Mysterious Shell Artifacts from the Hirota Site, Kagoshima Prefecture
Heiseikan Japanese Archaeology Gallery : December 14, 2010 (Tue) - March 13, 2011 (Sun)
The Hirota site is an ancient burial site located atop a sand dune on Tanegashima, an island off the southern coast of Kyushu. The site dates from the late Yayoi to the Kofun period. It was discovered in 1955, and excavations were conducted between 1957 and 1959 by archaeologists including Morizono Naotaka, Kokubu Naoichi and Kanaseki Takeo. The excavations uncovered the remains of as many as 90 graves and over 150 human bones. More than 44,000 shell artifacts were also found, including amulets and shell bracelets carved with distinctive designs and crossed-comma-shaped pendants. These are unique to the southern islands of Japan, and have received attention for their sophisticated craftsmanship.
Archaeological surveys of the site have since continued to uncover the remains of further graves, in addition to approximately 3,000 artifacts including worked shell objects, earthenware and glass beads. The site provides important insight into the unique customs of southern island society and the breadth of Japanese culture, and for this reason was designated as a Historic Site by the Japanese government in 2008. Artifacts from the site were designated as Important Cultural Property the following year.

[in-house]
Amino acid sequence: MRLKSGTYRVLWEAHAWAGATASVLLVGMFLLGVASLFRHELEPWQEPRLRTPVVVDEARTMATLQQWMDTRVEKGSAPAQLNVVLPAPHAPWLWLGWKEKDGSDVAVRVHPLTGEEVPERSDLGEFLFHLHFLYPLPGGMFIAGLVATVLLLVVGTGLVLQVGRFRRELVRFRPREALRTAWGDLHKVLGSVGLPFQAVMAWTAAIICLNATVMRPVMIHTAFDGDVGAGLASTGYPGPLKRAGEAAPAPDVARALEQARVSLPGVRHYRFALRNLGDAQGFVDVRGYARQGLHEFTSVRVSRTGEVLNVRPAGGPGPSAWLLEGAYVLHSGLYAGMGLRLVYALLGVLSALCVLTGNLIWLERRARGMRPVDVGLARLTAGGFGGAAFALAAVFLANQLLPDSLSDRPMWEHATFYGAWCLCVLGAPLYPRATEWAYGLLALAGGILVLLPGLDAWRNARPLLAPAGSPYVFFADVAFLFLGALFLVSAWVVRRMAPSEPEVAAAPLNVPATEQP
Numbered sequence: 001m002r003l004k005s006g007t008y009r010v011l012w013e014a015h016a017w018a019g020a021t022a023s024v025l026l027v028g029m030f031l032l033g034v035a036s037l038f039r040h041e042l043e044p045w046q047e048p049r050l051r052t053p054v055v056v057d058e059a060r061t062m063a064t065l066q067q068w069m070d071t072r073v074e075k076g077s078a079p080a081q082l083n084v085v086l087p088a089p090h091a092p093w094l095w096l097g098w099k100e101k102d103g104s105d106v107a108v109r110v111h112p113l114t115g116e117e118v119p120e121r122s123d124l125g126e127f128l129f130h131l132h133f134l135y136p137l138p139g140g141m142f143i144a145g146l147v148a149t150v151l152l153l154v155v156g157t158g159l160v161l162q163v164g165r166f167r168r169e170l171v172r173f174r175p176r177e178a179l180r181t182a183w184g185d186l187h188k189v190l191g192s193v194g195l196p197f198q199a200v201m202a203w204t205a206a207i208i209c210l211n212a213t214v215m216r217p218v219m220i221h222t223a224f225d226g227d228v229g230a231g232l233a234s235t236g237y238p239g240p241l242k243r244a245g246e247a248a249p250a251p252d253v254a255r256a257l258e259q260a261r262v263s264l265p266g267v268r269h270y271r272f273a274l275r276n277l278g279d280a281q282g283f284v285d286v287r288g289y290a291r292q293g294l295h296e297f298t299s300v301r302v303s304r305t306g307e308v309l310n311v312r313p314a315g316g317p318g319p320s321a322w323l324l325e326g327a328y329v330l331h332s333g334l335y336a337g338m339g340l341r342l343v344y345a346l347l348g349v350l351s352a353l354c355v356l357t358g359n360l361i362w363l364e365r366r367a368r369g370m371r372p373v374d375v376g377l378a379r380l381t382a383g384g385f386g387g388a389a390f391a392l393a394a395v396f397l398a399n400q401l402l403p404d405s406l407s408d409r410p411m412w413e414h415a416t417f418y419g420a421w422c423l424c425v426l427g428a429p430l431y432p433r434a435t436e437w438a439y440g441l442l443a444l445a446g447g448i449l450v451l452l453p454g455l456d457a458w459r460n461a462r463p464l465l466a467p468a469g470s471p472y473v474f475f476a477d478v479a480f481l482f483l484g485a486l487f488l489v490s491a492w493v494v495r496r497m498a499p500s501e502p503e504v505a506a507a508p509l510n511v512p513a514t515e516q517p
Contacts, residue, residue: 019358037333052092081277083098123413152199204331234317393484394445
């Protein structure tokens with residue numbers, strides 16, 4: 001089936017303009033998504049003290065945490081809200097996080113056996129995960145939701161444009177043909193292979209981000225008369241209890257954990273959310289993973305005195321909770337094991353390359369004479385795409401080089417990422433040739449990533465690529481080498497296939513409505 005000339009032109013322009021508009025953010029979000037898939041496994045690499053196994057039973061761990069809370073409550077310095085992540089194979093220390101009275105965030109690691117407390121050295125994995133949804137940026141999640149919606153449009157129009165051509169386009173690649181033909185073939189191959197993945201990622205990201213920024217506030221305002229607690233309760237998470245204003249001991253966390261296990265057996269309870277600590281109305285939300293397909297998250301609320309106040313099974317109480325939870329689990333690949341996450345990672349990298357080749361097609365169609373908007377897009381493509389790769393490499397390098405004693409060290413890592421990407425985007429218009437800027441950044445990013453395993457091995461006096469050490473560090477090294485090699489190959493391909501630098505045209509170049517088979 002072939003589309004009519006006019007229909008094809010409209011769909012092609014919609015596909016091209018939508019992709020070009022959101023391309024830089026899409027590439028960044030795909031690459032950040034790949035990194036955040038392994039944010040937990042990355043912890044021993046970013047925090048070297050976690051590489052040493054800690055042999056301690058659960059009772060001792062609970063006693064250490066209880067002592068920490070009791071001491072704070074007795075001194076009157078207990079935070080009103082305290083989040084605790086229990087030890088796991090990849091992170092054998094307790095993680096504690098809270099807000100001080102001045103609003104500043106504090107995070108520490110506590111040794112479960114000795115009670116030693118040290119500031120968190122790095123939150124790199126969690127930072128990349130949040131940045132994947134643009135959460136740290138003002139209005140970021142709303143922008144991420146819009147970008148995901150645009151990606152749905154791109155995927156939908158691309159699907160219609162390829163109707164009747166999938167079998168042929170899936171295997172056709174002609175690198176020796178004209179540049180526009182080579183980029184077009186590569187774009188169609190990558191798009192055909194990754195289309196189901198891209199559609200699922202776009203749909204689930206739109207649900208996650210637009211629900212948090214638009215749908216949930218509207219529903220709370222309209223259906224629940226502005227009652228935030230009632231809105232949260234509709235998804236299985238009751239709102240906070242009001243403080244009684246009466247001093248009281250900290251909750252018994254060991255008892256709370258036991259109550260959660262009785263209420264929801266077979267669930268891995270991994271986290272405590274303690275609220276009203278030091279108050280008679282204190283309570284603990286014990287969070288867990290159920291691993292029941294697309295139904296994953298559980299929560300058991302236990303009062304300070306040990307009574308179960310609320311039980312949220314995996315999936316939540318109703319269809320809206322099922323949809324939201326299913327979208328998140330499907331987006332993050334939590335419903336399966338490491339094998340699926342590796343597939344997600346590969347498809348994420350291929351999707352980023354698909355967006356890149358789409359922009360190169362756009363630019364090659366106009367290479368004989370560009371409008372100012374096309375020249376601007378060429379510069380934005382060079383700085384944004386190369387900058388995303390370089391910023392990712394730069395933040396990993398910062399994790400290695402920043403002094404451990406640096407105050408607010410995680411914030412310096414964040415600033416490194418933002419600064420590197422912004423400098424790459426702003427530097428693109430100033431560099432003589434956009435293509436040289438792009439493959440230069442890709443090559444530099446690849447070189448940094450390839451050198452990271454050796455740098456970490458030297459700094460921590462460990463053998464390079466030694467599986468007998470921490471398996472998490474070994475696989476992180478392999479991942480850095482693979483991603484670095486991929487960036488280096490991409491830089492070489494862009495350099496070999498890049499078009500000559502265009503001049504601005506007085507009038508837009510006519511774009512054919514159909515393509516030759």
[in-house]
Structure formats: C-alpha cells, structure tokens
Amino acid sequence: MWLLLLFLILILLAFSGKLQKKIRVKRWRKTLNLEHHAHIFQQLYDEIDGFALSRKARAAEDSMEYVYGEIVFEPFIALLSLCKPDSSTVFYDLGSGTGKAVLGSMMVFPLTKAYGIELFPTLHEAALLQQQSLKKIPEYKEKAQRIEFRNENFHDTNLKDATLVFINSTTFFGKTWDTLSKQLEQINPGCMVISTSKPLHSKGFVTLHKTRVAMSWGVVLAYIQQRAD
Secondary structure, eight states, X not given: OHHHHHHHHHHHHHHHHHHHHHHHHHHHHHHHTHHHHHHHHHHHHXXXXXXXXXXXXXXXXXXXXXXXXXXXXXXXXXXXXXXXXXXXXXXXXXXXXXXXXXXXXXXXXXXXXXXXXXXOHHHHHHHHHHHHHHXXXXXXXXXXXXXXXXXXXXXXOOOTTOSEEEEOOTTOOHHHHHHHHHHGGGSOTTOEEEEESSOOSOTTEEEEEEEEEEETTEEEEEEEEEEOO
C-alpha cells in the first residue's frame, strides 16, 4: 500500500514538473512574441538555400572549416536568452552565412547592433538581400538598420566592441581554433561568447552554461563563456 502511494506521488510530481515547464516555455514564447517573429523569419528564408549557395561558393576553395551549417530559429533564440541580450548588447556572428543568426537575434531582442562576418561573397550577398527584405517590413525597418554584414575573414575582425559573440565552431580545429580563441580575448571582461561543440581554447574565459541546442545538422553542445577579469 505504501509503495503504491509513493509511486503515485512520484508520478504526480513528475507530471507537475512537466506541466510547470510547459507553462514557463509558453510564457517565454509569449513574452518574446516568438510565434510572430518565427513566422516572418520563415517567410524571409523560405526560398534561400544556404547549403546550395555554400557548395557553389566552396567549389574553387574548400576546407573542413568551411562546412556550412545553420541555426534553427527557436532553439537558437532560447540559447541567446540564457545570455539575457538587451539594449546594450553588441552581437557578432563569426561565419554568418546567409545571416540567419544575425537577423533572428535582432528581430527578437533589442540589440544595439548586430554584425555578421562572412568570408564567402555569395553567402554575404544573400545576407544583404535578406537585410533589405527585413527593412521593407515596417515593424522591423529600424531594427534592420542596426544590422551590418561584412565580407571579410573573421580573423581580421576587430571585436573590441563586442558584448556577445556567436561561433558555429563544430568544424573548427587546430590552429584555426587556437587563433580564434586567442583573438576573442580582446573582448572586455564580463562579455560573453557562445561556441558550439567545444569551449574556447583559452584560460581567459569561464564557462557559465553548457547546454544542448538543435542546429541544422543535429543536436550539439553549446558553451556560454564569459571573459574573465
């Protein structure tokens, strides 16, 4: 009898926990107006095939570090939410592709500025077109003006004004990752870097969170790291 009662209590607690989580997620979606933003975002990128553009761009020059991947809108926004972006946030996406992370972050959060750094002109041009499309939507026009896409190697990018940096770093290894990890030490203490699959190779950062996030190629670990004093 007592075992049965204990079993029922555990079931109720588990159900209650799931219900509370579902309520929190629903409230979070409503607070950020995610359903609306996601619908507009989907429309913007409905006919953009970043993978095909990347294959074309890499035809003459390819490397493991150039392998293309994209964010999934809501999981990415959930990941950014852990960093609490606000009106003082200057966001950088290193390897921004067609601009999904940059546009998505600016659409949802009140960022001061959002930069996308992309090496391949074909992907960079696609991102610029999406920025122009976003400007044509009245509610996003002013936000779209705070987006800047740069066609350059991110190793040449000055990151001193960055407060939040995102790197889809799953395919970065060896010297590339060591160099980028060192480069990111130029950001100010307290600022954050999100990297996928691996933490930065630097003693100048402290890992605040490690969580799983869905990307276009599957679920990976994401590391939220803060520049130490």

As part of the Tokyo National Museum's annual archaeological object exchange program, a selection of artifacts from the site are on view courtesy of Reimeikan, Kagoshima Prefectural Centre for Historical Material. Visitors are invited to savor the mystery of these unusual shell objects from Japan's southern islands.